Already, the data released by the Indian Central Statistics Office has estimated that the economic growth would be slow to 7.1 per cent in the current fiscal year ending March 31. This is not only slower than the government’s own estimation but also slow compared to 7.6 per cent last year. Among the economic experts the slow growth forecast is seen as the first indicator of the impact of the demonetisation drive.

The estimates have been reduced in all the sectors, except agriculture, which has improved due to the positive monsoon season. The analysts believe this forecast is very toned down since the real impact would be seen in the upcoming fiscal year. Moreover, the impact on agriculture would also be visible as the demonetisation immediately prior to the crop season will take its toll.

Challenges galore with budget

  • The emerging eco-political compulsions suggest Finance Minister to read a home buyer budget for the middle class Indians
  • The state of economy leaves little room for any budget bonanza
  • Feelers with the rate cut ahead of budget indicate more sops but the economic forecast a dampener
  • Growth in real estate can help GDP growth but excess liquidity could also derail the economy with artificial growth

The real estate fraternity is nevertheless upbeat and believes that the state of economy definitely allows the government to provide major relief to the real estate sector in general and the home buyers in particular. 

They cite the Morgan Stanley Research Report dated 6th December 2016, which suggests the Indian annual property sales in expected to propel from 2015′s USD 105 billion to USD 462 billion in 2025.  Research estimates a 14% CAGR for property sector demand growth, 2015-20 (8% volume, 6% pricing), and an 18% CAGR in the five years after that, versus the 12% CAGR (5% volume, 7% price) of the past six years.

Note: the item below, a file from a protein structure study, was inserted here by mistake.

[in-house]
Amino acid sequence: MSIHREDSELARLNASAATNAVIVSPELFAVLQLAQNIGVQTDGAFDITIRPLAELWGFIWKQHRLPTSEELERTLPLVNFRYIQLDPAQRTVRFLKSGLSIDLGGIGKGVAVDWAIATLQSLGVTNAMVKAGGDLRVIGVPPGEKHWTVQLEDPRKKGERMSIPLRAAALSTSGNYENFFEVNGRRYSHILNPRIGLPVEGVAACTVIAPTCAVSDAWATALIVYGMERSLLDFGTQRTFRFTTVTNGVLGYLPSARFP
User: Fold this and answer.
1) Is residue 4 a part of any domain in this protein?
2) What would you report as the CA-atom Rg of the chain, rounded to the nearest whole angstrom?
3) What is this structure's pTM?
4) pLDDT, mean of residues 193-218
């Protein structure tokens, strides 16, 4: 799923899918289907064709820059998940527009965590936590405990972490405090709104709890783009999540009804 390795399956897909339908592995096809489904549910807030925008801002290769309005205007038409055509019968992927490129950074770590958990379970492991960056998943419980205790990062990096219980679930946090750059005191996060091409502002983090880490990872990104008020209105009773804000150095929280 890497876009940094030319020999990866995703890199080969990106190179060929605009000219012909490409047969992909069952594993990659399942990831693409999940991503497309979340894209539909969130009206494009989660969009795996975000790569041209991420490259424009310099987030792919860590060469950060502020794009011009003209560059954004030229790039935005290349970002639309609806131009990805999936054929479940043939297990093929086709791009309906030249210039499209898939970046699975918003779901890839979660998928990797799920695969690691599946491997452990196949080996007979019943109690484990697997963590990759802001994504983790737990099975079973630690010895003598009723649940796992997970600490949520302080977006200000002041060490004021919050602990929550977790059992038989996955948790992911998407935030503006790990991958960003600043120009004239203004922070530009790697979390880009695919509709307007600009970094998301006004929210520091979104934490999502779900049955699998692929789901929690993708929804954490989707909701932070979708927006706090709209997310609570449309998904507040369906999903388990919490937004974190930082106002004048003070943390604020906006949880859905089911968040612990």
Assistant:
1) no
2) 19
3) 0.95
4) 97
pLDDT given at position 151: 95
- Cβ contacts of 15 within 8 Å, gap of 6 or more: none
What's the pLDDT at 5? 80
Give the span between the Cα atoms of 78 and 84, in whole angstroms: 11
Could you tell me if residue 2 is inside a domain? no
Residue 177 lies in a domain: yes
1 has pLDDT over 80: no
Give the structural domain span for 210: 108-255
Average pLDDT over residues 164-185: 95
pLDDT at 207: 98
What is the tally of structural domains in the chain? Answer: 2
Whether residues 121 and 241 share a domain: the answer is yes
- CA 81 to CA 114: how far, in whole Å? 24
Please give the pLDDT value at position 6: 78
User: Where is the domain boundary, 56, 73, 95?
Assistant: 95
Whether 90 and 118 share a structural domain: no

India in 2015 appears similar to China in 2000-03 on key macro parameters – GDP (US$1.8trn), per capita income (US$1,500), urbanization (33%), demographics (27-year median age, with comparable population size), and improvements in the regulatory environment. In the past 15 years, China’s economy and per capita income have quadrupled, urbanization has doubled, and the property segment has grown 10x, to US$1.3 trillion in annual sales. In the longer term, this implies a structural uplift to India’s property sector.

“It is a peculiar situation and the impact of the state of economy is market ot market reality. This is because while the cash driven markets like Dehi-NCR are witness to slowdown, the service class markets are not that much affected. Of course, the slow moving job market is challenging but on a macro level one-size-fits-all statement cannot be made about the economic situation,” says Nikhil Hawelia, Managing Director of Hawelia Group.